The Intimacy Conundrum – HAPPY ORGASM DAY!

Updated: Sep 15

The Intimacy Conundrum In honour of Orgasm Day, we are talking about one of the most important and least understood parts of human intimacy – the orgasm. Before saying “Happy Orgasm Day!” I want to mention that anxiety about orgasms, or climaxes as they’re sometimes called, can be a lack of intimacy between partners. The common sexual problems entail rapid or premature ejaculation, low sexual desire as well as pain during intercourse. Recent research from American Medical Association has shown that around 30% of men and 25% of women encounter sexual problems. These sexual problems can sometimes arise from negative sexual experiences causing fear of sexual intimacy, and the inability to reach orgasm. Let’s take a look at what an orgasm is for those that do not know. Technically, an orgasm is a biological response to a very specific type of physical stimulation which men and women both experience. The male orgasm is anecdotally easier to achieve and requires a much lower mental involvement. The male orgasm is also a “one and done” type of event that requires a recuperation period before he can climax again. On the other hand (no pun intended), a female orgasm requires much more mental stimulation when she is not tuned into her sexuality.

Additionally, the physical stimulation is less straightforward because women can have multiple orgasms and don’t have the same recuperation period. (Yay to the goddesses out there!)

The sexual process comes in 3 stages that involve lust, attraction and attachment.

  • Lust initiates the production of oestrogen and testosterone in both partners. According to Hellen Fisher,

  • stage 2 involves the production of adrenaline, dopamine and serotine. These chemicals trigger feeling of pleasure, and they give an explanation why someone is falling in love.

  • The last stage is attachment oxytocin and vasopressin is important in this stage. During an orgasm, oxytocin hormone is released by both partners. The hormone makes them feel much closer after sex. The hormone handles bonding. An assistant professor for psychology, Diane Witt, from New York, proved that blocking this hormone in rats and sheep leads to them rejecting their young ones.

As far as relationships go, orgasms can enhance sexual intimacy but shouldn’t be the only type of intimacy binding your relationship together. Relationships cannot solely last on sex, and sexual intimacy takes the time to build. Sex is not all about orgasms; it’s about the sexual intimacy a relationship could have, but, unfortunately, many people miss this vital element.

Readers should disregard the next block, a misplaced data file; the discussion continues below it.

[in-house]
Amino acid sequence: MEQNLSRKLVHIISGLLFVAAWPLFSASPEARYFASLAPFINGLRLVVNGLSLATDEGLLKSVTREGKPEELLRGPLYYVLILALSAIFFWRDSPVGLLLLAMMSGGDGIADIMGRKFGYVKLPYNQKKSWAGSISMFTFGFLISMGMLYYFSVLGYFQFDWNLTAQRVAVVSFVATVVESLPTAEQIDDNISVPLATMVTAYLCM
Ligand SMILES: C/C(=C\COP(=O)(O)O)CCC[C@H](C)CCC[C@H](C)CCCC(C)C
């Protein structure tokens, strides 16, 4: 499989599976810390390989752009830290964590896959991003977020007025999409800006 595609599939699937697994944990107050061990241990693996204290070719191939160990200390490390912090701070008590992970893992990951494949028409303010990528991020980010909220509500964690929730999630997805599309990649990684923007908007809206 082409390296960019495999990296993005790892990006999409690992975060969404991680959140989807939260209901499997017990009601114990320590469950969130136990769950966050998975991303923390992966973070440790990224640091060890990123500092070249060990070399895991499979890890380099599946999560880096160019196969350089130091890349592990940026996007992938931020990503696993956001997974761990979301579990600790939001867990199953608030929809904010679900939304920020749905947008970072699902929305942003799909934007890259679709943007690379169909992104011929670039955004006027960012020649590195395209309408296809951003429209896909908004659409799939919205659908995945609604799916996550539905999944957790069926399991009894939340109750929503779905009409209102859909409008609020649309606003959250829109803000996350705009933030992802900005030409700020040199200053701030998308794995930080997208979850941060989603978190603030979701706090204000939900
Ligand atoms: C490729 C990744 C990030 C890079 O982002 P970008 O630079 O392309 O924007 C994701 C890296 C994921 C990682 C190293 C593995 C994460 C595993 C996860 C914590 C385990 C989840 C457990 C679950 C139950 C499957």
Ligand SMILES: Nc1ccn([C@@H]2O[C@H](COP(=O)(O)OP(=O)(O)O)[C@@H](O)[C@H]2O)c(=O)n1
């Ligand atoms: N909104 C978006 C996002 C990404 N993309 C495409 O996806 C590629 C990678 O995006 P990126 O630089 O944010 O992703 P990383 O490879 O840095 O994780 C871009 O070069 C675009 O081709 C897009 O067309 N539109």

During an orgasm, the brain releases a neurochemical cocktail that leaves you in ecstasy, making you feel incredibly amazing all the while making your partner more desirable to you. This sensation bonds you even closer to your mate, especially when the intimacy component is in place. An area of difficulty that sometimes arises is the ability to distinguish between a purely physical orgasm and a sexually intimate orgasm. If you feel free to share with your partner about your inner most fantasies, fears, and desires along with your likes and dislikes, you are most likely missing out on sexual intimacy. Many individuals will engage in sex with a partner confusing this with sexual intimacy. They then find themselves feeling awkward, going through the motions and dealing with some level of anxiety during or after sex.

When this anxiety escalates, some individuals have greater difficulty achieving orgasm, which can perpetuate a negative feedback loop of beliefs about oneself. This can lead to low self-esteem, frustration, and feelings of rejection that sometimes become repeated failures in achieving orgasm. An orgasm has a stimulating mix of physical, psychological, and emotional components. Troubleshooting orgasm difficulties takes both physical mechanics and self-awareness of the psychological and emotional components. On the technical end, every person responds differently to different stimulation. With the emotional and psychological component, individuals need to feel a sense of safety with their partner to let go of their hindrances and fully experience orgasmic bliss. O TIPS: -There is no right way to get an orgasm when you’re tuned into your sexual desires. -Less vanilla may equal more fun. Give yourself permission to explore your turn-ons freely by being messy, dirty, and funny, whatever this may mean to you. (did 50 Shades of Gray spark your interest?) Let yourself explore it! -We are all turned on by different things so don’t beat yourself up if you don’t get turned on by someone else’s fantasy. -Spend time self-exploring your body; the type of stimulation and pressure that you enjoy, not focusing on any one area. -Understand what an orga